David Haye
Haye weighed-in at 227lbs - the highest of his professional career - against Mark de Mori. Getty Images

David Haye insists the speed that proved crucial to him becoming a two-weight world champion has not been compromised by his increased weight. Lennox Lewis, the last undisputed heavyweight champion of the world, believes his fellow Briton risks undermining the key attribute that saw him reach the summit of the sport on two occasions.

For his comeback fight against Australian Mark de Mori in January, the Bermondsey-born fighter weighed in at a career-high 227lbs, 17lbs higher than for his last bout against Dereck Chisora in July 2012. Haye pledged to bulk up during the twilight of his career to ensure he stays injury free – after shoulder surgery forced his second retirement – but Lewis is afraid it may impact on his agility.

The 35-year-old takes on undefeated Kosovan Arnold Gjergjaj in the second bout in his latest comeback, and hopes to showcase his much-famed speed and renewed punching power in order to earn an all-British fight with world champions Tyson Fury and Anthony Joshua. Haye says successful sparring with super-middleweight George Groves has helped sharpened up his reflexes.

"Lennox Lewis, as he got older he started to thicken up and slowing down a little bit and taking shots that he wouldn't normally be taking," said Haye. "Putting on an extra stone won't make me punch any harder it will just make them a little bit slower.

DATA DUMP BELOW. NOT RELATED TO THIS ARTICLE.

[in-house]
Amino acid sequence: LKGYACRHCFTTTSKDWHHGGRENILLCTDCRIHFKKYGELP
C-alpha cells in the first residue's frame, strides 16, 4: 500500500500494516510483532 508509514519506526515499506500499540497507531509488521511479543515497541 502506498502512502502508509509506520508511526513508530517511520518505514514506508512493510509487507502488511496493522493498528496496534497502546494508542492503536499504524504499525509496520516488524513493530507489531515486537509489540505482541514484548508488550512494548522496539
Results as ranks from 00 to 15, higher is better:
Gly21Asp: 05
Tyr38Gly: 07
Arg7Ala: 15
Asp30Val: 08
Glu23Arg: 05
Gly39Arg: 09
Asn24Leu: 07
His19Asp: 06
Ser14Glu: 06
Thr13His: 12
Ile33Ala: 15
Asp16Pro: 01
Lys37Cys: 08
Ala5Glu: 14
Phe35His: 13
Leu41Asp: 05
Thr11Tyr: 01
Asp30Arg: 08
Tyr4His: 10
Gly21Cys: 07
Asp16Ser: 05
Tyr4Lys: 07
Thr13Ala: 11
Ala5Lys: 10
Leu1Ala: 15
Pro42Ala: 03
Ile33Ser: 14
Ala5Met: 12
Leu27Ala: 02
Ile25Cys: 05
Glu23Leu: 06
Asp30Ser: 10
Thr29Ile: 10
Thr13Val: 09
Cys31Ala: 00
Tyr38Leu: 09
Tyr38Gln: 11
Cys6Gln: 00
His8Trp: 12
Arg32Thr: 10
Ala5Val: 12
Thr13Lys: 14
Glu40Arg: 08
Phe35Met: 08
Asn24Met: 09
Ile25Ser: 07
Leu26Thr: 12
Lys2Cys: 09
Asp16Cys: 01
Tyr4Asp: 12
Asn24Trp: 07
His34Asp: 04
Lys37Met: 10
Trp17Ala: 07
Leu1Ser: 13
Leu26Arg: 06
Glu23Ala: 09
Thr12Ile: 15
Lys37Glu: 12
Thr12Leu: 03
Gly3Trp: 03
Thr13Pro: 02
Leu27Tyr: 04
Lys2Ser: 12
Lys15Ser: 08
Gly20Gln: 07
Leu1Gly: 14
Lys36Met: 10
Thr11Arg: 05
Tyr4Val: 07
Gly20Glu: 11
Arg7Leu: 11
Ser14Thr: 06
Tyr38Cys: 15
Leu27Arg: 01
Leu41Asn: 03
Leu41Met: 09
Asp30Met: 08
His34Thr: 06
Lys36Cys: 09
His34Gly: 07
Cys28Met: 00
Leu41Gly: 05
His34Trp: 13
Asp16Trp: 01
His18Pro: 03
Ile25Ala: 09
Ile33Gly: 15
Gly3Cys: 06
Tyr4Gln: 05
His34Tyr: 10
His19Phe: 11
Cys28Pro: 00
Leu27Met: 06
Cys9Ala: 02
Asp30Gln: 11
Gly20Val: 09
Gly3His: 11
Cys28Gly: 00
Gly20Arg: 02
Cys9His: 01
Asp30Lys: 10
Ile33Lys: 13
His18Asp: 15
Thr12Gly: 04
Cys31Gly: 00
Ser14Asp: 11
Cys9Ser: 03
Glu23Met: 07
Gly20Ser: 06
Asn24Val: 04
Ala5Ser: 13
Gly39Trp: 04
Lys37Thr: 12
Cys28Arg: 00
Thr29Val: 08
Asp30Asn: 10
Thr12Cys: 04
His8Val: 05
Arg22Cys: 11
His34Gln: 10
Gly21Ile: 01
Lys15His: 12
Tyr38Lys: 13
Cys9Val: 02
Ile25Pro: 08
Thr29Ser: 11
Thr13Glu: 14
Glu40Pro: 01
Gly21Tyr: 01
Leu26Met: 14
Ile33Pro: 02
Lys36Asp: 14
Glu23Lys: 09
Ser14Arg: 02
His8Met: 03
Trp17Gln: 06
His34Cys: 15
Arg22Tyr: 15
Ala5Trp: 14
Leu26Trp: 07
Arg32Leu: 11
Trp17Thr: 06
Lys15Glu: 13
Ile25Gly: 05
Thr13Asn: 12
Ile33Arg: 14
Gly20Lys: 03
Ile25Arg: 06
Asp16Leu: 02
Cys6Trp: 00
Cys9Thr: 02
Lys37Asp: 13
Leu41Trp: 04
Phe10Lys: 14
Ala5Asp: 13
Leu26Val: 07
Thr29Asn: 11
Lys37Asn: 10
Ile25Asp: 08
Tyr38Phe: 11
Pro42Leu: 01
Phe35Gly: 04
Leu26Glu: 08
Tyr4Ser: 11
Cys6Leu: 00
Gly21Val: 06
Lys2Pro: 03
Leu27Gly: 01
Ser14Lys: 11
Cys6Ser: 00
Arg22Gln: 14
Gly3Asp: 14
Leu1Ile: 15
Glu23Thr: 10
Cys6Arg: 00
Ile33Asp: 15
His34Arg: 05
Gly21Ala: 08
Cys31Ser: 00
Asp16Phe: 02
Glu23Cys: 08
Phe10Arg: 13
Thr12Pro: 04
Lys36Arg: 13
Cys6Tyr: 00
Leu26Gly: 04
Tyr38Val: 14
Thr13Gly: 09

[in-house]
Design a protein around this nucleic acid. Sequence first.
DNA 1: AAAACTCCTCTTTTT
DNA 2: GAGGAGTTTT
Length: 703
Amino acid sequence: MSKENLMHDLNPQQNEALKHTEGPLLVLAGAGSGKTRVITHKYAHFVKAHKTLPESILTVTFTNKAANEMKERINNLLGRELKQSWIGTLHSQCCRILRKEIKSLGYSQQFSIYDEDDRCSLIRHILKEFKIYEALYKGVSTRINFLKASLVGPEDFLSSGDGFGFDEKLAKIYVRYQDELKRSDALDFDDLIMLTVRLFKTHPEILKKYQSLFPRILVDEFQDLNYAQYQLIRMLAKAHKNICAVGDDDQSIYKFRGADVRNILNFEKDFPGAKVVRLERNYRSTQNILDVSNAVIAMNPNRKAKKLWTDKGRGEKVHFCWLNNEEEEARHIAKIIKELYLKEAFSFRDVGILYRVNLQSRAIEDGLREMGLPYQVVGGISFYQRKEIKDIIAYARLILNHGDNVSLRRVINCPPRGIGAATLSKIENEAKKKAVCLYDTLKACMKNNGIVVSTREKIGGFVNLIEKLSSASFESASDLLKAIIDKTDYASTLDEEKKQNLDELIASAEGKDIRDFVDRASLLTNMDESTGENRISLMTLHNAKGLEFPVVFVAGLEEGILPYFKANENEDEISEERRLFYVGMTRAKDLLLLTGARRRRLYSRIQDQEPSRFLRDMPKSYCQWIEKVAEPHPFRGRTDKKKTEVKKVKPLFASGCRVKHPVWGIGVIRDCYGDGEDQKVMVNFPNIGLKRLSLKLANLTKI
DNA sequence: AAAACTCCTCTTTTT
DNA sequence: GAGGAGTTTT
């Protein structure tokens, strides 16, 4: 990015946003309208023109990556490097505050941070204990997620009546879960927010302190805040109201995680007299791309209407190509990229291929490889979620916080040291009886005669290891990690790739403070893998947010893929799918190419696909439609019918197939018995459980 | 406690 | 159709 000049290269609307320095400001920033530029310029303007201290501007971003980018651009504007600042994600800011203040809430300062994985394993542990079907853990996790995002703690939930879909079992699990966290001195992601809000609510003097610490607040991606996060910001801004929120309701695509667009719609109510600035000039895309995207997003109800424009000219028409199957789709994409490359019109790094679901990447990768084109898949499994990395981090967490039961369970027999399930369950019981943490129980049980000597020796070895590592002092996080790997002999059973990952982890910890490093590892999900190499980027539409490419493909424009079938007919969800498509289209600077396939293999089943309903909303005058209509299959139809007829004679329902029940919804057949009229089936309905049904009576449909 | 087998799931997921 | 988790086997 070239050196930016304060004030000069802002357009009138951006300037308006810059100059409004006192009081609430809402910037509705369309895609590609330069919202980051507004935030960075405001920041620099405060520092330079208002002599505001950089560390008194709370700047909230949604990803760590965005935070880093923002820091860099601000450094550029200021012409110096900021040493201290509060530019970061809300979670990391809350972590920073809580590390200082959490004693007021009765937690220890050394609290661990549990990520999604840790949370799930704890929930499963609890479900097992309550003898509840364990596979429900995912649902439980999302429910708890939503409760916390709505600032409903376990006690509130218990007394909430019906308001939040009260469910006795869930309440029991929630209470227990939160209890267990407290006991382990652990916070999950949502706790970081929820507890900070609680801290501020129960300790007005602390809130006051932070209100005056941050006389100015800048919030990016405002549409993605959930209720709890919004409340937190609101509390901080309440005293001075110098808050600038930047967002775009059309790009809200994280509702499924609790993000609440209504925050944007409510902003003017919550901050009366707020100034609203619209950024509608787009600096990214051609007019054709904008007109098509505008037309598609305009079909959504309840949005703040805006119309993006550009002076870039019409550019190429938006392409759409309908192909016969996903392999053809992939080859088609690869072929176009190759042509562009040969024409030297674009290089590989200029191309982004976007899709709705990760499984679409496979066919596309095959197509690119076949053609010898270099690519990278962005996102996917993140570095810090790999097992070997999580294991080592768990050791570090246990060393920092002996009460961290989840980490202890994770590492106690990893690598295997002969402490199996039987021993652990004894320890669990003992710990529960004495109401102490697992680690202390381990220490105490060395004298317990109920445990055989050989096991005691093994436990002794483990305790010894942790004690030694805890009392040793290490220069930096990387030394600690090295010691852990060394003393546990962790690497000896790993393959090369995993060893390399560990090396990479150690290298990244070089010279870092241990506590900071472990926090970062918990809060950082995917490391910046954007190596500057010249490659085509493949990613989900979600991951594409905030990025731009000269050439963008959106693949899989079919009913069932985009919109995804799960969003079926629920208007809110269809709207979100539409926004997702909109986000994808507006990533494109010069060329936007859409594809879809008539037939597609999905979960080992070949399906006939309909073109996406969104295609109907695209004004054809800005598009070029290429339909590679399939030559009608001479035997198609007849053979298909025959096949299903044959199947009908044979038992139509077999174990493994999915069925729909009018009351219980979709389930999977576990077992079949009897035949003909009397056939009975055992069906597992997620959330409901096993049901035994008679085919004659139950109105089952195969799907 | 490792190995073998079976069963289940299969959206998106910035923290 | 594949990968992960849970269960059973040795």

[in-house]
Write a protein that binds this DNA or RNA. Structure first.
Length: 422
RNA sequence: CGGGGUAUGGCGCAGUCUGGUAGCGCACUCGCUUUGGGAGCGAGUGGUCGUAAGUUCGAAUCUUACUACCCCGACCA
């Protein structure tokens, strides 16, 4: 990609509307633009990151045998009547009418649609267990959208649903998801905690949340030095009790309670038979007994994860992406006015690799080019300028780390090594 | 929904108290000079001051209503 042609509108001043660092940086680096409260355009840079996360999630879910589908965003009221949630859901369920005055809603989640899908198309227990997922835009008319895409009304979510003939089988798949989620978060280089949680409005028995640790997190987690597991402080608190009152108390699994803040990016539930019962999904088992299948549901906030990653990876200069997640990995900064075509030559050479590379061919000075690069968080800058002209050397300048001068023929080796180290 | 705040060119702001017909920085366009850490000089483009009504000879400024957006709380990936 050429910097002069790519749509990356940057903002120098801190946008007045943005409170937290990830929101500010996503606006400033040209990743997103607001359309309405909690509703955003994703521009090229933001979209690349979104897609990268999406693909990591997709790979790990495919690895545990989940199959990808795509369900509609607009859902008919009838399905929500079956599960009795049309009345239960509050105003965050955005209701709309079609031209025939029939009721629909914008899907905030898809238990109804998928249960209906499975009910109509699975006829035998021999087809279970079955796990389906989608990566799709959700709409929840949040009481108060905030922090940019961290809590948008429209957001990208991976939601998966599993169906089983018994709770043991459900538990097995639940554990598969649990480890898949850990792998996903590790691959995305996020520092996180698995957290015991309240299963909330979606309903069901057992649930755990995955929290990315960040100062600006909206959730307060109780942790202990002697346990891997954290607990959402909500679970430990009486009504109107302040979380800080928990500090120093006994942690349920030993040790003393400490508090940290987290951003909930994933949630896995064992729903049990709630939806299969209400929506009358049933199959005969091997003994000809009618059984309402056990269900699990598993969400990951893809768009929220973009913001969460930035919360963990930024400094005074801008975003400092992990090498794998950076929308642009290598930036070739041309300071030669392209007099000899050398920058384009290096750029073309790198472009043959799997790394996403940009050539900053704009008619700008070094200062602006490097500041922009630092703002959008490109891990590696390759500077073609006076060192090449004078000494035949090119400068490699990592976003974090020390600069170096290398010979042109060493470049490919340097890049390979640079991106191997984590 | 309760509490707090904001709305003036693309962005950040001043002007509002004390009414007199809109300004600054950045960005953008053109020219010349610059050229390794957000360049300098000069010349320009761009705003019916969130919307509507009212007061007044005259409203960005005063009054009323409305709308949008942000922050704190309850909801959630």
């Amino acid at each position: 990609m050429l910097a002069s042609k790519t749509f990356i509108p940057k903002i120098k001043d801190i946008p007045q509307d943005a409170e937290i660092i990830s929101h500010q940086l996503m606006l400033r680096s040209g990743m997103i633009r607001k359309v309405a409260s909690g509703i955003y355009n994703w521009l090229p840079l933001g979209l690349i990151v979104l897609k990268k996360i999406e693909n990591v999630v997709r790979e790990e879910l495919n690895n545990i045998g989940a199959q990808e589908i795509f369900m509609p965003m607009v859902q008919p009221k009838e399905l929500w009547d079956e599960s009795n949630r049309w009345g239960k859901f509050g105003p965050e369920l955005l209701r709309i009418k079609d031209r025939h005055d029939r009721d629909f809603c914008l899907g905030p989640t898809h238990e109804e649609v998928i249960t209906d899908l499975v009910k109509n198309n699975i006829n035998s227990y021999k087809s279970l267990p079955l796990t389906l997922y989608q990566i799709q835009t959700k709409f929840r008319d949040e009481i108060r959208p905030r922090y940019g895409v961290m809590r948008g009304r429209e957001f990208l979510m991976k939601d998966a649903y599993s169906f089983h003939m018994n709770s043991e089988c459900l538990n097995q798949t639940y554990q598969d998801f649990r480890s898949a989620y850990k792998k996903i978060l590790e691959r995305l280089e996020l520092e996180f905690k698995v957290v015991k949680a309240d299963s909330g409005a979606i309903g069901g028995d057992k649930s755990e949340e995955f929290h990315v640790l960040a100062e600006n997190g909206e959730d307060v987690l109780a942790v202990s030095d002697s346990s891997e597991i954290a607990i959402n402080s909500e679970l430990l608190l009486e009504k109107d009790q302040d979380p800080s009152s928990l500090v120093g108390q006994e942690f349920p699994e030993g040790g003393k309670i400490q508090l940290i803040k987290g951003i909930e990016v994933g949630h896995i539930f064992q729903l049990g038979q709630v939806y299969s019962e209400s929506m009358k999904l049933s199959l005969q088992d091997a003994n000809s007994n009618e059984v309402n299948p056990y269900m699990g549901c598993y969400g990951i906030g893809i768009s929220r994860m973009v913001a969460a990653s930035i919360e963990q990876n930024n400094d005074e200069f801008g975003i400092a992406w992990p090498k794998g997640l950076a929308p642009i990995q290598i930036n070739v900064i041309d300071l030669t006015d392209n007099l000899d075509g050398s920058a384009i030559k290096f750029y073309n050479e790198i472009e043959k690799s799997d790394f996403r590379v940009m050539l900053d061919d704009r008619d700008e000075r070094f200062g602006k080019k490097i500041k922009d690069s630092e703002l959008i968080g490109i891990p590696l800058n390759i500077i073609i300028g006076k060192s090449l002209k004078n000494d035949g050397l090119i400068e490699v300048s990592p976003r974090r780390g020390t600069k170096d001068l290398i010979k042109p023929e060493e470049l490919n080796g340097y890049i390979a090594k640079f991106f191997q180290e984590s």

"What is the point in having a big punch if you can't land it? I've been sparring with George just for speed to make sure that in range I can slip and slide punches. I am used to super-middleweight speed so when I get into the ring with [Gjergjaj] it'll seem like it is in slow-motion.

"George is a fast super-middleweight and it was a real fast, technical spar we did and the slipping shots it was a good few rounds we did but it really did give me that stamp of approval. Come fight night my timing is going to be as good as it has ever been.

Lennox Lewis
Lewis has concerned that Haye my lose some speed as his weight increases. Getty Images

"I am stronger now than ever. I've worked on my strength, I've done a nice programme in my training camp to maintain my weight and to give a solid foundation of strength. That had helped out and it has maintained my weight a little bit more. I am about 227lbs now, I was about 238lbs about a month ago.

"As I've sped up the speed stuff my weight has gradually come down. Whether I come in at 220lbs, 227lbs I don't care; the weight is irrelevant. I was 209lbs when I fought Nikolai Valuev. I am nearly a stone heavier than I was then, but I feel just as fast, if not faster.

"My speed feels just as quick as it has ever been. It feels faster and if I was to fight Joshua I would train no different if it was Joshua or [Wladimir] Klitschko or whoever it may be. I feel like I've cracked it now. When it comes to timing in the ring fighting, the timing is there and the punch power is there, the speed is there."

David Haye takes on Arnold 'The Cobra' Gjerjaj at The O2 on May 21. Watch #HayeDay exclusively live and free-to-air from 8pm on Dave, for tickets visit theo2.co.uk